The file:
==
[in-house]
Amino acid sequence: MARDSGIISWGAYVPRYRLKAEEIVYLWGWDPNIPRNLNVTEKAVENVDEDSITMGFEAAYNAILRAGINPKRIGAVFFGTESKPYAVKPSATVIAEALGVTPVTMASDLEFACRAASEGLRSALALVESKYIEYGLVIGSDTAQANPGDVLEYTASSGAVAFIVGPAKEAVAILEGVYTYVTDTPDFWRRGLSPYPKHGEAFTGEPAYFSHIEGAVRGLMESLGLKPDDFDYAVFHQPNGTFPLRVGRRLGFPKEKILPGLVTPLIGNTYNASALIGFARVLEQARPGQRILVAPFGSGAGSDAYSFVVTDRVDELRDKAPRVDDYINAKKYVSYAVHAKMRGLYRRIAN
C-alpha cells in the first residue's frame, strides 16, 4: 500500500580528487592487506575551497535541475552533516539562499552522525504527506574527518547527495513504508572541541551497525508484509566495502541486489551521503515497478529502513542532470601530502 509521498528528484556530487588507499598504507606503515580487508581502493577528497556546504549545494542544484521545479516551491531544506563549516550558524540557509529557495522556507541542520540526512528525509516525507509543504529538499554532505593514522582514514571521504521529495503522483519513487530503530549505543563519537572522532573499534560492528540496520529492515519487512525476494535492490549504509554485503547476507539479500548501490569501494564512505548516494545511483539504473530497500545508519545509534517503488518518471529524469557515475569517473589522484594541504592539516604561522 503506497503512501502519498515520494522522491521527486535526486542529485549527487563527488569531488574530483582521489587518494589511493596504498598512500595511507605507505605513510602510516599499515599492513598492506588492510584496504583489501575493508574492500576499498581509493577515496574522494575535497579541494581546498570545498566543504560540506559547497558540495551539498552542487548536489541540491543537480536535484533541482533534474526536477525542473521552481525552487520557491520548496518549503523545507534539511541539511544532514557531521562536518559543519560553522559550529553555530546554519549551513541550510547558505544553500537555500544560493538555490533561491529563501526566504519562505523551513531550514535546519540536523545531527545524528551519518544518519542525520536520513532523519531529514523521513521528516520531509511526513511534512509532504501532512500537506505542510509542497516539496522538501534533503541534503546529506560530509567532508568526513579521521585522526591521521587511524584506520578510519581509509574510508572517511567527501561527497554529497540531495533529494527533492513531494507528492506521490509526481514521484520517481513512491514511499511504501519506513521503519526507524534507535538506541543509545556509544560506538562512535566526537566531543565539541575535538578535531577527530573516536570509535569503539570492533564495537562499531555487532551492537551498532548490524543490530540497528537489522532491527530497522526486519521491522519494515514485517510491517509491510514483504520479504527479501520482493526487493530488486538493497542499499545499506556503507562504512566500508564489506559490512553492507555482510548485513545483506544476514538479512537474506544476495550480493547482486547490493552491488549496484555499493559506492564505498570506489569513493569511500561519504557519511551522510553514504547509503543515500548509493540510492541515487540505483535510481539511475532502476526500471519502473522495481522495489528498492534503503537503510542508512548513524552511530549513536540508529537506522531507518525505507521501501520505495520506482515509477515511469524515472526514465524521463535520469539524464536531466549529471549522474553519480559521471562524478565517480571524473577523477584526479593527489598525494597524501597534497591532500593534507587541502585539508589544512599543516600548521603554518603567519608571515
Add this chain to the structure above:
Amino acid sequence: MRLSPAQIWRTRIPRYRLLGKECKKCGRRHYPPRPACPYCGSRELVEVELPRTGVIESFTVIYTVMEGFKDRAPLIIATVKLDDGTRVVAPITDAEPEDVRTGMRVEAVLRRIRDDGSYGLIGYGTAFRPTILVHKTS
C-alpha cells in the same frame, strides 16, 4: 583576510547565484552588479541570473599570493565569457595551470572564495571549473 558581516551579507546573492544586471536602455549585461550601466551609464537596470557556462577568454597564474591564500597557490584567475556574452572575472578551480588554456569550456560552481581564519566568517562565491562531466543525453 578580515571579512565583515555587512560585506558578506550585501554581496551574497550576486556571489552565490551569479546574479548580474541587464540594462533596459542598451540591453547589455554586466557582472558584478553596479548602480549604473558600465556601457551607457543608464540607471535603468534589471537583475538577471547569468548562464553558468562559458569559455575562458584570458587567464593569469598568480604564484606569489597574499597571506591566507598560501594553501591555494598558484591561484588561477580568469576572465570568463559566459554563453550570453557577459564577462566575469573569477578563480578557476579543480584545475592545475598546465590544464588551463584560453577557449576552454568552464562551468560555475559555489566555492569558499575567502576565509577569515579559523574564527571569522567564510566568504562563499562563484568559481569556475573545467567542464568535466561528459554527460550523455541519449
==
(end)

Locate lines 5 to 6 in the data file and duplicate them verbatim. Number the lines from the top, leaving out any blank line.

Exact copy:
Amino acid sequence: MRLSPAQIWRTRIPRYRLLGKECKKCGRRHYPPRPACPYCGSRELVEVELPRTGVIESFTVIYTVMEGFKDRAPLIIATVKLDDGTRVVAPITDAEPEDVRTGMRVEAVLRRIRDDGSYGLIGYGTAFRPTILVHKTS
C-alpha cells in the same frame, strides 16, 4: 583576510547565484552588479541570473599570493565569457595551470572564495571549473 558581516551579507546573492544586471536602455549585461550601466551609464537596470557556462577568454597564474591564500597557490584567475556574452572575472578551480588554456569550456560552481581564519566568517562565491562531466543525453 578580515571579512565583515555587512560585506558578506550585501554581496551574497550576486556571489552565490551569479546574479548580474541587464540594462533596459542598451540591453547589455554586466557582472558584478553596479548602480549604473558600465556601457551607457543608464540607471535603468534589471537583475538577471547569468548562464553558468562559458569559455575562458584570458587567464593569469598568480604564484606569489597574499597571506591566507598560501594553501591555494598558484591561484588561477580568469576572465570568463559566459554563453550570453557577459564577462566575469573569477578563480578557476579543480584545475592545475598546465590544464588551463584560453577557449576552454568552464562551468560555475559555489566555492569558499575567502576565509577569515579559523574564527571569522567564510566568504562563499562563484568559481569556475573545467567542464568535466561528459554527460550523455541519449